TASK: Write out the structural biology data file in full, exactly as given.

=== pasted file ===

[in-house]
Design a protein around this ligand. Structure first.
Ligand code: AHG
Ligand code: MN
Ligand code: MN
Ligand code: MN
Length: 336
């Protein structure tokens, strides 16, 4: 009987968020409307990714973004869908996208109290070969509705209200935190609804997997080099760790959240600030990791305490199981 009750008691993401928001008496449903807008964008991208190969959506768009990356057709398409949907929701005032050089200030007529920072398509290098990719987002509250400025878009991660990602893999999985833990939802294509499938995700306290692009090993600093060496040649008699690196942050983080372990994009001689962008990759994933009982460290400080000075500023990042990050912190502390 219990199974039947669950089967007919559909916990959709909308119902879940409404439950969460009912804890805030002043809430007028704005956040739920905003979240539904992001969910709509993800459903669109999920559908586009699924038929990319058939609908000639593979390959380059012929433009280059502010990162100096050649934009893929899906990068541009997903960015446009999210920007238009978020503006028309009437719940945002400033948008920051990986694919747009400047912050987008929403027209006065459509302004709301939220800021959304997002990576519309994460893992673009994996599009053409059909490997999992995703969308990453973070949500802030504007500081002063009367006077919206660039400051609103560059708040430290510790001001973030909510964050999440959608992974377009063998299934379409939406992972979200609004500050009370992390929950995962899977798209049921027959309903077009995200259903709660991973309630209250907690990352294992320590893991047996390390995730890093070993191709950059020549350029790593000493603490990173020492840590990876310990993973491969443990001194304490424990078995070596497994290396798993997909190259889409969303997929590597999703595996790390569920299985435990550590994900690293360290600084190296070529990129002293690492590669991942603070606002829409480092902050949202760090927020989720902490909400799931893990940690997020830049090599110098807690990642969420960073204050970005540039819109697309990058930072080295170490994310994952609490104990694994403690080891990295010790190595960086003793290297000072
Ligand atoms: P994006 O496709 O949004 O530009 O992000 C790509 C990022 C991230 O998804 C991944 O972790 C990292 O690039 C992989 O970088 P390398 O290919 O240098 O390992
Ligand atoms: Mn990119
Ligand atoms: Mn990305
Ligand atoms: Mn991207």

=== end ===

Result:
[in-house]
Design a protein around this ligand. Structure first.
Ligand code: AHG
Ligand code: MN
Ligand code: MN
Ligand code: MN
Length: 336
């Protein structure tokens, strides 16, 4: 009987968020409307990714973004869908996208109290070969509705209200935190609804997997080099760790959240600030990791305490199981 009750008691993401928001008496449903807008964008991208190969959506768009990356057709398409949907929701005032050089200030007529920072398509290098990719987002509250400025878009991660990602893999999985833990939802294509499938995700306290692009090993600093060496040649008699690196942050983080372990994009001689962008990759994933009982460290400080000075500023990042990050912190502390 219990199974039947669950089967007919559909916990959709909308119902879940409404439950969460009912804890805030002043809430007028704005956040739920905003979240539904992001969910709509993800459903669109999920559908586009699924038929990319058939609908000639593979390959380059012929433009280059502010990162100096050649934009893929899906990068541009997903960015446009999210920007238009978020503006028309009437719940945002400033948008920051990986694919747009400047912050987008929403027209006065459509302004709301939220800021959304997002990576519309994460893992673009994996599009053409059909490997999992995703969308990453973070949500802030504007500081002063009367006077919206660039400051609103560059708040430290510790001001973030909510964050999440959608992974377009063998299934379409939406992972979200609004500050009370992390929950995962899977798209049921027959309903077009995200259903709660991973309630209250907690990352294992320590893991047996390390995730890093070993191709950059020549350029790593000493603490990173020492840590990876310990993973491969443990001194304490424990078995070596497994290396798993997909190259889409969303997929590597999703595996790390569920299985435990550590994900690293360290600084190296070529990129002293690492590669991942603070606002829409480092902050949202760090927020989720902490909400799931893990940690997020830049090599110098807690990642969420960073204050970005540039819109697309990058930072080295170490994310994952609490104990694994403690080891990295010790190595960086003793290297000072
Ligand atoms: P994006 O496709 O949004 O530009 O992000 C790509 C990022 C991230 O998804 C991944 O972790 C990292 O690039 C992989 O970088 P390398 O290919 O240098 O390992
Ligand atoms: Mn990119
Ligand atoms: Mn990305
Ligand atoms: Mn991207």